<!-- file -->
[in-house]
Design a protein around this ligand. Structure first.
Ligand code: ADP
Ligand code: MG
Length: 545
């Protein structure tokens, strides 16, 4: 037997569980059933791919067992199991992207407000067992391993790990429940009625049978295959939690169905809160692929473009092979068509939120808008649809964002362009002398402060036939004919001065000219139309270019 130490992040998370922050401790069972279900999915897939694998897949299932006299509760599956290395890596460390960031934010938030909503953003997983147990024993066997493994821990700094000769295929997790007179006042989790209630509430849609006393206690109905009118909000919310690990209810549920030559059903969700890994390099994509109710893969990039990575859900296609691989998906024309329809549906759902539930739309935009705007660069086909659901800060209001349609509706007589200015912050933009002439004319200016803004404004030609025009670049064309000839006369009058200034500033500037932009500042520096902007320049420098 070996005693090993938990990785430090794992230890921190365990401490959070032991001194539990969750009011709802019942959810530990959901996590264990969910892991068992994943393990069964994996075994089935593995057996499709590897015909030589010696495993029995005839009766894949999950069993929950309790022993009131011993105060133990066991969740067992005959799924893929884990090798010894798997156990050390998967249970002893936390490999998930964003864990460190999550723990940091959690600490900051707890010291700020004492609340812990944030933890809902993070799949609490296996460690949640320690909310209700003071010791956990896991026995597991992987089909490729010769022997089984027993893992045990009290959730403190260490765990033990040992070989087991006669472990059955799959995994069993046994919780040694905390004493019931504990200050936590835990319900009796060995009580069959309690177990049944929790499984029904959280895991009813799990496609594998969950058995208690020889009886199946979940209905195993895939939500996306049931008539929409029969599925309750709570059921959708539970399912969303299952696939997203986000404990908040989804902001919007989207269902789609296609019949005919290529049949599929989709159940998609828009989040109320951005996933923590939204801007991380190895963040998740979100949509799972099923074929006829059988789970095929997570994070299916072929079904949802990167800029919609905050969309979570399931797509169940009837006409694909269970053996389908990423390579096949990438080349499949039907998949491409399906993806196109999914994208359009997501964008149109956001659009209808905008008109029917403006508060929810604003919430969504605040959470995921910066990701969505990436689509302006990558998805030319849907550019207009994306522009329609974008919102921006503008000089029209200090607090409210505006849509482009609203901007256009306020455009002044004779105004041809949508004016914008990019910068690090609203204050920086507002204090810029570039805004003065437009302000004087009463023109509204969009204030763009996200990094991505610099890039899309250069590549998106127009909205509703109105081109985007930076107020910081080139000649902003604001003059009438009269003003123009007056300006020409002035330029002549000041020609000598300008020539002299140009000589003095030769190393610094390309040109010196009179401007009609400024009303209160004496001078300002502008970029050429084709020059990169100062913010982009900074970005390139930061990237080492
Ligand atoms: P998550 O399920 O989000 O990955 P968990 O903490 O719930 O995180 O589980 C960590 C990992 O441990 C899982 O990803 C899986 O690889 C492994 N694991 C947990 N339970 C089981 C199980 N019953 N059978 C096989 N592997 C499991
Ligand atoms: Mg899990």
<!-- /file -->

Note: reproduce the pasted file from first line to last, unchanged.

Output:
[in-house]
Design a protein around this ligand. Structure first.
Ligand code: ADP
Ligand code: MG
Length: 545
């Protein structure tokens, strides 16, 4: 037997569980059933791919067992199991992207407000067992391993790990429940009625049978295959939690169905809160692929473009092979068509939120808008649809964002362009002398402060036939004919001065000219139309270019 130490992040998370922050401790069972279900999915897939694998897949299932006299509760599956290395890596460390960031934010938030909503953003997983147990024993066997493994821990700094000769295929997790007179006042989790209630509430849609006393206690109905009118909000919310690990209810549920030559059903969700890994390099994509109710893969990039990575859900296609691989998906024309329809549906759902539930739309935009705007660069086909659901800060209001349609509706007589200015912050933009002439004319200016803004404004030609025009670049064309000839006369009058200034500033500037932009500042520096902007320049420098 070996005693090993938990990785430090794992230890921190365990401490959070032991001194539990969750009011709802019942959810530990959901996590264990969910892991068992994943393990069964994996075994089935593995057996499709590897015909030589010696495993029995005839009766894949999950069993929950309790022993009131011993105060133990066991969740067992005959799924893929884990090798010894798997156990050390998967249970002893936390490999998930964003864990460190999550723990940091959690600490900051707890010291700020004492609340812990944030933890809902993070799949609490296996460690949640320690909310209700003071010791956990896991026995597991992987089909490729010769022997089984027993893992045990009290959730403190260490765990033990040992070989087991006669472990059955799959995994069993046994919780040694905390004493019931504990200050936590835990319900009796060995009580069959309690177990049944929790499984029904959280895991009813799990496609594998969950058995208690020889009886199946979940209905195993895939939500996306049931008539929409029969599925309750709570059921959708539970399912969303299952696939997203986000404990908040989804902001919007989207269902789609296609019949005919290529049949599929989709159940998609828009989040109320951005996933923590939204801007991380190895963040998740979100949509799972099923074929006829059988789970095929997570994070299916072929079904949802990167800029919609905050969309979570399931797509169940009837006409694909269970053996389908990423390579096949990438080349499949039907998949491409399906993806196109999914994208359009997501964008149109956001659009209808905008008109029917403006508060929810604003919430969504605040959470995921910066990701969505990436689509302006990558998805030319849907550019207009994306522009329609974008919102921006503008000089029209200090607090409210505006849509482009609203901007256009306020455009002044004779105004041809949508004016914008990019910068690090609203204050920086507002204090810029570039805004003065437009302000004087009463023109509204969009204030763009996200990094991505610099890039899309250069590549998106127009909205509703109105081109985007930076107020910081080139000649902003604001003059009438009269003003123009007056300006020409002035330029002549000041020609000598300008020539002299140009000589003095030769190393610094390309040109010196009179401007009609400024009303209160004496001078300002502008970029050429084709020059990169100062913010982009900074970005390139930061990237080492
Ligand atoms: P998550 O399920 O989000 O990955 P968990 O903490 O719930 O995180 O589980 C960590 C990992 O441990 C899982 O990803 C899986 O690889 C492994 N694991 C947990 N339970 C089981 C199980 N019953 N059978 C096989 N592997 C499991
Ligand atoms: Mg899990």